We knew that yesterday's blog would have some birthing pains, simply thanks to the new-ness of the data we presented, the lack of a vocabulary and nomenclature around it, and the simple lack of history around it.It hadn't gone through the crucible. Everyone's familiar with seconds saved in 40k TT, but the quantitative measurement of the off-axis forces acting on a wheel is new stuff. Heck, we've barely just settled on using "bead seat width" for the measurement of the distance between brake tracks inside a rim.
Anyway, we had one bobble in how we ranked stuff, which knocked the alloys down off their rightful spot in the hierarchy. If you take the wheel in isolation, having the Center of Pressure (CoP, think of it as the location of the push from a cross wind) ON the hub axis is ideal. When you put the wheel on a bike, it's not. The steering axis, which is the actual line on which your front wheel pivots, is behind the hub. This is where we get into headtube angle and fork offset and trail dimension, but at the end of a long road somewhere around 4.3cm is a good number. That simple change made the sniff test go from "something's funny" to "yeah, that seems about right."
The alloy-rimmed wheels are the only wheels which put the Center of Pressure (which I will inevitably call Center of Effort somewhere around 1000 times, because that's what it's called in naval architecture) behind the hub, in it's ideal place. Why exactly that's the case is a subject we will leave alone for now. So instead of using the hub axis as our zero point, we are using -4.3 as the zero point. That is to say that a pressure that is centered 4.3cm behind the hub will exert no steering torque on your bike. Any center of pressure behind that will turn the front of your wheel into the wind, any center of pressure ahead of that will turn your wheel away from the wind.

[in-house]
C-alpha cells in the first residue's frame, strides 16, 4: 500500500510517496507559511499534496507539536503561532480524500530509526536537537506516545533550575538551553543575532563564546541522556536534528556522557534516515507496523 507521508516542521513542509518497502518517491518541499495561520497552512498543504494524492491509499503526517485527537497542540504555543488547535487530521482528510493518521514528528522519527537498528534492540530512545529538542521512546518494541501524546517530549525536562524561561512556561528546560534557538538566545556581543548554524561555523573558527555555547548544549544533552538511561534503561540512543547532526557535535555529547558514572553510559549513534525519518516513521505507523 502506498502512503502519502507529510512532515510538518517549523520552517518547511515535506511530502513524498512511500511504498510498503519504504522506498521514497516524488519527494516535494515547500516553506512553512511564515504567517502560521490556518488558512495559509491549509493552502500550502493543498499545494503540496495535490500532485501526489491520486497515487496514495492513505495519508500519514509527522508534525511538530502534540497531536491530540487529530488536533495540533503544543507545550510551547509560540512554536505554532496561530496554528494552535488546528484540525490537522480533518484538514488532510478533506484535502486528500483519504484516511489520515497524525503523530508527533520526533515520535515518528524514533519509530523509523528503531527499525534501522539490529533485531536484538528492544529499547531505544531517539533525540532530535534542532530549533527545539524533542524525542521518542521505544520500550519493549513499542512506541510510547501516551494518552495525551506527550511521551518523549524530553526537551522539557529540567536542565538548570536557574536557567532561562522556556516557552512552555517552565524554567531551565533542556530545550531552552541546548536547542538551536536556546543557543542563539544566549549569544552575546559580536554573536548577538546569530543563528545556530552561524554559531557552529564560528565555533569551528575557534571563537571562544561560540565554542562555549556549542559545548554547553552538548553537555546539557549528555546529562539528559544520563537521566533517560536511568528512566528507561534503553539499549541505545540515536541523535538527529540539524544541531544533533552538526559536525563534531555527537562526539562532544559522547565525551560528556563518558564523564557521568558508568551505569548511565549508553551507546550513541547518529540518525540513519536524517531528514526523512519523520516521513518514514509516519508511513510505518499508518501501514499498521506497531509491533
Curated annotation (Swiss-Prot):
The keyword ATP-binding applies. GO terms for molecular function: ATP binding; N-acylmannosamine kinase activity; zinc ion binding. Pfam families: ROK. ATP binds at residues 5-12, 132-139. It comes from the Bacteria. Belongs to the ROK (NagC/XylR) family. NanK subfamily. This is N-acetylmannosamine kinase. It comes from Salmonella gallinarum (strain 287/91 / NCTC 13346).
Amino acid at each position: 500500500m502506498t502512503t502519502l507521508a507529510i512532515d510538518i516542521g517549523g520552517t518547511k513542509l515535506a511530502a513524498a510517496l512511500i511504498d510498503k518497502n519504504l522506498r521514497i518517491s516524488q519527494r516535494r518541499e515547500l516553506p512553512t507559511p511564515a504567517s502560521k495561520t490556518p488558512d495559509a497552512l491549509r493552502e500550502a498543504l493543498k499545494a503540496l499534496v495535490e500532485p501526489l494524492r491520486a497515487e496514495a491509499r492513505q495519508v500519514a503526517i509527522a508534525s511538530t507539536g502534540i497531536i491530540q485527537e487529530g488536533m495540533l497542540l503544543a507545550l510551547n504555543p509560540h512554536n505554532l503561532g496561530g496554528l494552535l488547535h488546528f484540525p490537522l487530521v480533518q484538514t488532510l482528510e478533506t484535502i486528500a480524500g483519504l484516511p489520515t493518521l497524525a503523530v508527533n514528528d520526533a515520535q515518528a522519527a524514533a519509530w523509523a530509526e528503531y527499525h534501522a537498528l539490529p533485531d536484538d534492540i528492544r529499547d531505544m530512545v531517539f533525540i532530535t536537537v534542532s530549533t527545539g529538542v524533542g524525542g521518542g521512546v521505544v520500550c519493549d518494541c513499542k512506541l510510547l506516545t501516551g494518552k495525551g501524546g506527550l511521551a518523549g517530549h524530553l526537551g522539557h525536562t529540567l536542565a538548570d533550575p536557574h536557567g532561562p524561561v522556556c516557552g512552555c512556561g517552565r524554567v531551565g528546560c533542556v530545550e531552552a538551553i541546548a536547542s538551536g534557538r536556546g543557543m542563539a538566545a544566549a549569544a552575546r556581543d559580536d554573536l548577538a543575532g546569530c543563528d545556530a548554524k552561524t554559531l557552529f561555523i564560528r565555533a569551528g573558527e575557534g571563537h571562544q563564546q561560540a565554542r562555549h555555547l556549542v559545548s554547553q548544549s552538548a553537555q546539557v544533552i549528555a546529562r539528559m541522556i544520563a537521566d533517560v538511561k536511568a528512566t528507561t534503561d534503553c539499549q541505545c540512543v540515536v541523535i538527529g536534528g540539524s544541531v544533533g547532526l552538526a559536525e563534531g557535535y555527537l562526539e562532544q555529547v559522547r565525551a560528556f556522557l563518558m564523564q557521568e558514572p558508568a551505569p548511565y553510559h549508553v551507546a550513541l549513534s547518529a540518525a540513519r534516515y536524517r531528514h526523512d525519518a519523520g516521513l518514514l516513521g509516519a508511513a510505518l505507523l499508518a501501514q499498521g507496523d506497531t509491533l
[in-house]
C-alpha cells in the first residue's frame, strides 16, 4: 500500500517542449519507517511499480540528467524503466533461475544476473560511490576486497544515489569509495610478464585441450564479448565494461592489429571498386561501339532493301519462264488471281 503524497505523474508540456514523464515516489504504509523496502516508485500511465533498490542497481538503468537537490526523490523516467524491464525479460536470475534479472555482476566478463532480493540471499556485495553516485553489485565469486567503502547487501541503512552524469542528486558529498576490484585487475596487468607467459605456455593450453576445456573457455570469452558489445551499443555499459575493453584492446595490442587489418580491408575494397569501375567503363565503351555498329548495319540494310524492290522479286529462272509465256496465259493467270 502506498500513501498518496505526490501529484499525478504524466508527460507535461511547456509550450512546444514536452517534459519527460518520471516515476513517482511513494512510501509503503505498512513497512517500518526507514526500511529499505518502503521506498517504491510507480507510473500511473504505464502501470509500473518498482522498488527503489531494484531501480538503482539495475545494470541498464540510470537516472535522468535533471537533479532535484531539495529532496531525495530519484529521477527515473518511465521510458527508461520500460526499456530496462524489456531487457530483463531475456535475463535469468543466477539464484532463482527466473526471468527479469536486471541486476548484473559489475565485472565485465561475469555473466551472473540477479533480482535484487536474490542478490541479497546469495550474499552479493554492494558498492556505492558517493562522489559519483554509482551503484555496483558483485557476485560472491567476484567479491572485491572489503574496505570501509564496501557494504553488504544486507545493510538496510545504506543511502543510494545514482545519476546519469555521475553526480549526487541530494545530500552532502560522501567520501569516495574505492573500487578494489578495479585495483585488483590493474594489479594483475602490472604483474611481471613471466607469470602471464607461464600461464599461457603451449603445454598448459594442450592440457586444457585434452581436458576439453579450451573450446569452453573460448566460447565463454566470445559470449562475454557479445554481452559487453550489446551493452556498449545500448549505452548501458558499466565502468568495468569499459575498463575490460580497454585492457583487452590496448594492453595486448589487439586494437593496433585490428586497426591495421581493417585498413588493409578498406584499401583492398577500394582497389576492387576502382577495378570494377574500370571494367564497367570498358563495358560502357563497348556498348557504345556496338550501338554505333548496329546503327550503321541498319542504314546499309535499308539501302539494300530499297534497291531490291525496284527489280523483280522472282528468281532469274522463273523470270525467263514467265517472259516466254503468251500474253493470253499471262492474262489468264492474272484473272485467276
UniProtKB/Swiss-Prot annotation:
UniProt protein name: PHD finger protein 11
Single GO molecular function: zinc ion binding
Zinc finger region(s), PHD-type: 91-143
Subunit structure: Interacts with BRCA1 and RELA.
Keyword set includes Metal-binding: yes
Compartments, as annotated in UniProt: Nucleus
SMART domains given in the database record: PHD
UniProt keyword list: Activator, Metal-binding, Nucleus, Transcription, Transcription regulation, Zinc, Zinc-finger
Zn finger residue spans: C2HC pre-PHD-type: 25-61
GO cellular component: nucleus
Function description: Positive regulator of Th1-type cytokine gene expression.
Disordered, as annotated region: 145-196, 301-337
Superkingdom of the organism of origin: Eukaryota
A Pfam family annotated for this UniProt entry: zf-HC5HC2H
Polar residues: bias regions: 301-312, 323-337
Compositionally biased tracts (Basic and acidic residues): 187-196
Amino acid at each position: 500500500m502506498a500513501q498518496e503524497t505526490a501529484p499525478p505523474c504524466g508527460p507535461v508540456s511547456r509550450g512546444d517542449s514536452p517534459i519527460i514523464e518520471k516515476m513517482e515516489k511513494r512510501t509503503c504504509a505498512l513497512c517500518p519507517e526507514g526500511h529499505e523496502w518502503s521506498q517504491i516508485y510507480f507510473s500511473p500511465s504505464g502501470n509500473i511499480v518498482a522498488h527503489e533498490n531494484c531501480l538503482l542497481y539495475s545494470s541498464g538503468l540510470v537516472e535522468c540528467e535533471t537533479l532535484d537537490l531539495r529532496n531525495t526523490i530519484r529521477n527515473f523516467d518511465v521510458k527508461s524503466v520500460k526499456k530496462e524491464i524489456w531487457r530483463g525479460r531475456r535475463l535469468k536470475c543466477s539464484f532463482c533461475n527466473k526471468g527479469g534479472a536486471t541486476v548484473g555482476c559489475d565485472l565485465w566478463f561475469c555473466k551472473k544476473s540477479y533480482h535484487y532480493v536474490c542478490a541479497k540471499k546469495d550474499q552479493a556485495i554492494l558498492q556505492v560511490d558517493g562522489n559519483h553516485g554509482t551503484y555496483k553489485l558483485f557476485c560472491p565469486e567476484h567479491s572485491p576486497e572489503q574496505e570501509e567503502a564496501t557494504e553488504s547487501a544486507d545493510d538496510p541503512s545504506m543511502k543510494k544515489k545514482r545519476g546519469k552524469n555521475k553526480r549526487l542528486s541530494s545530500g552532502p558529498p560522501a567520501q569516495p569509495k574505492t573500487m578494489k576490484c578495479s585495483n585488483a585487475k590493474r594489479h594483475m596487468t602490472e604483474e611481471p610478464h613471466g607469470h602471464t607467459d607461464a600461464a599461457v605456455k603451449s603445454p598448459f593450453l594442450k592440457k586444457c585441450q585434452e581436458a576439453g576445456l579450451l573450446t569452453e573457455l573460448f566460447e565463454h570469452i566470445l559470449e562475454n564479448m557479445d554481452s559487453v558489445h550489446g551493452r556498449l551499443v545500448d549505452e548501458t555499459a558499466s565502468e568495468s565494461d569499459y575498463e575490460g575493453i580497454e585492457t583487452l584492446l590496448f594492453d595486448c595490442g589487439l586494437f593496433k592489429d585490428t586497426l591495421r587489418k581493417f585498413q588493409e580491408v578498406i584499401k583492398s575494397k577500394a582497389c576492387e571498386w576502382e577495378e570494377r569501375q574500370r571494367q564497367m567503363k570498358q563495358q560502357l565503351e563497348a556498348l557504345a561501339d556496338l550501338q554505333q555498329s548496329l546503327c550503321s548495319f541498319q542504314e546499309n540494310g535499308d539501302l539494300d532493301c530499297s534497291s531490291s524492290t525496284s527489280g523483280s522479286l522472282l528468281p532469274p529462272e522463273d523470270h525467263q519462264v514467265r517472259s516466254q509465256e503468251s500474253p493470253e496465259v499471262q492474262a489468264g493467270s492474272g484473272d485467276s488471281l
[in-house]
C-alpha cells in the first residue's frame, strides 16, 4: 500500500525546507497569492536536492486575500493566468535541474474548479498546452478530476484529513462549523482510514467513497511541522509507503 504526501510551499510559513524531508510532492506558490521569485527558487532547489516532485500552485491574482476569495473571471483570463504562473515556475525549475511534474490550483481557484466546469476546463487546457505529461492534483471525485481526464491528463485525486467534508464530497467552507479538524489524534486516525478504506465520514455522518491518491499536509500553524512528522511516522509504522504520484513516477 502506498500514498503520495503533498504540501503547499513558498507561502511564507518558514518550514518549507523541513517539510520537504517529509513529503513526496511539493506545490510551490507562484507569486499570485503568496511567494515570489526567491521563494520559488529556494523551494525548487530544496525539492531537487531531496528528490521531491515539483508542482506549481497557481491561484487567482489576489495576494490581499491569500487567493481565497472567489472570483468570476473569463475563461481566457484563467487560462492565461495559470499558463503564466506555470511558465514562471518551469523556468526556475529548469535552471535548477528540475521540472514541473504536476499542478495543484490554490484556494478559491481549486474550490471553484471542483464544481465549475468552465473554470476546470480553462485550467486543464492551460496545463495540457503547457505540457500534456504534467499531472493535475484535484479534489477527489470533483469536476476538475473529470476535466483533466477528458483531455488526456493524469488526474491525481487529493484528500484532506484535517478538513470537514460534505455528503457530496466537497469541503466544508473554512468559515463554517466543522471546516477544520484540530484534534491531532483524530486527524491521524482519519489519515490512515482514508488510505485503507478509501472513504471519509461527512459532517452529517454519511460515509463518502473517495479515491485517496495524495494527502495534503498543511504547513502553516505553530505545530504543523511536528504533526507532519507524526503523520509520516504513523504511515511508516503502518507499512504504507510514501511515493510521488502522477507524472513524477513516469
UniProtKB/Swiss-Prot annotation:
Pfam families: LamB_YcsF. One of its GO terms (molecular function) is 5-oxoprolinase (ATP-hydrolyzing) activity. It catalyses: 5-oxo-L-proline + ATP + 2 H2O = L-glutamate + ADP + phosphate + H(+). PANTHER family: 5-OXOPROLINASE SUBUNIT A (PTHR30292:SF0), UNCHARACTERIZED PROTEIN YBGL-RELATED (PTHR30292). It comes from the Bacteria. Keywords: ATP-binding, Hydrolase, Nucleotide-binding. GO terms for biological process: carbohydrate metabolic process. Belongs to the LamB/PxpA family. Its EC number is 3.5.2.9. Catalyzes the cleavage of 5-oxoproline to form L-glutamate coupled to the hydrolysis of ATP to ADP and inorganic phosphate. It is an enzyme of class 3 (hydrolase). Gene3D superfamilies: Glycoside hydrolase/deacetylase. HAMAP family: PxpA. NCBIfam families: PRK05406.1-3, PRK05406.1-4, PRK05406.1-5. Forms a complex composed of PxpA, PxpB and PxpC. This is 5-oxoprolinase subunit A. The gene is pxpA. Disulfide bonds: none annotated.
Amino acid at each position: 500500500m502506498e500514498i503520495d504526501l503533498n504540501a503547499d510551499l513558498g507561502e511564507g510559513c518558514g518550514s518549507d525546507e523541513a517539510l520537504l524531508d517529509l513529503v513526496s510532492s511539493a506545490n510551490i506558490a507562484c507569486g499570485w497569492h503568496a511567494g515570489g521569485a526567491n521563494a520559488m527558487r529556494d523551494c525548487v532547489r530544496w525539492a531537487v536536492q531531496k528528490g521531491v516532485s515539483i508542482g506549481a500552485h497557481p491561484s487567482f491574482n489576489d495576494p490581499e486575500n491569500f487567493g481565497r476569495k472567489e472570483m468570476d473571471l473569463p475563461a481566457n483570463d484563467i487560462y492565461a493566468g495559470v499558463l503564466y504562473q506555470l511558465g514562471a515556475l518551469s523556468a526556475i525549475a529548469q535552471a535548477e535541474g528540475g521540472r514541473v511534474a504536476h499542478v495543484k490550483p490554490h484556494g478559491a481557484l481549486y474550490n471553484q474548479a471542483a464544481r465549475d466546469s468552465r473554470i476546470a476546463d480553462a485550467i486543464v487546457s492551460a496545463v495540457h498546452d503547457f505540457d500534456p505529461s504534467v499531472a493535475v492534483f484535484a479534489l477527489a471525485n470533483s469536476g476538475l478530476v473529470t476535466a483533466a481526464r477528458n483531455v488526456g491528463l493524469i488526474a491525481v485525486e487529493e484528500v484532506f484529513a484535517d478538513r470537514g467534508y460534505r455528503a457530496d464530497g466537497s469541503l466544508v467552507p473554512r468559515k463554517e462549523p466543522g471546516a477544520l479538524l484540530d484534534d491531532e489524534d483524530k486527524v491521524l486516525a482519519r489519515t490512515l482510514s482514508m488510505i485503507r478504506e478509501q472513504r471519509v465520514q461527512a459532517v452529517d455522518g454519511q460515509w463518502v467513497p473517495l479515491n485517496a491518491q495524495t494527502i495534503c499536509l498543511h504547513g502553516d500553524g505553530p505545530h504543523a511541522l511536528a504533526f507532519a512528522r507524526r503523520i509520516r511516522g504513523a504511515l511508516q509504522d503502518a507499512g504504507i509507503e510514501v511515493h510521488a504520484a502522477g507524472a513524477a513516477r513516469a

We also had represented the Center of Pressure and CdA (coefficient of drag) both as separate and related values. For the time being at least, it probably gets this conversation further down the track to emphasize their separate values, as we have on our shiny new graph.
The emphasis falls more squarely on CoP for now. Combining the two, with the steering axis correction, does nothing but flipflop the relative position of Rail 52 and 34.
All told, this is a more correct, cleaner, more easily understood and digested presentation of the data, and a better starting point to the conversation than yesterday's.
A couple of quick notes:
1. Zero yaw points are excluded. The measurement formula doesn't work at zero because the formula math doesn't work with a zero in it, and at zero yaw there is no crosswind anyway. The values for zero are all over the place, and we were told straight away to remove them (which we had done yesterday)
2. As with yesterday's graph, this is weighted per Tour Magazine's yaw-oocurence weighting for 25mph bike speed. That may or may not be ideal. The differences narrow down a little bit at wider yaw angles which are more represented at lower bike speeds.
3. These are all measured with 23mm tires. Putting 25mm tires on does change things a little, but that's a jar we aren't opening for now.
4. At the end of it all, there is precious little context around this. How much of an actual "on the road" difference in handling is represented by the gap from worst to first? There is just not the landscape to put that gap into context. Where this group of wheels fits into the overall picture is unknown.
5. The CDA figures (which are measured in m^2) have all been multiplied by 100. This changes nothing in their relative ordering or the magnitude of the differences between them, it is a facility to make the chart easier to present.
Soon enough, we will all have a common language and ease with this stuff. Until then...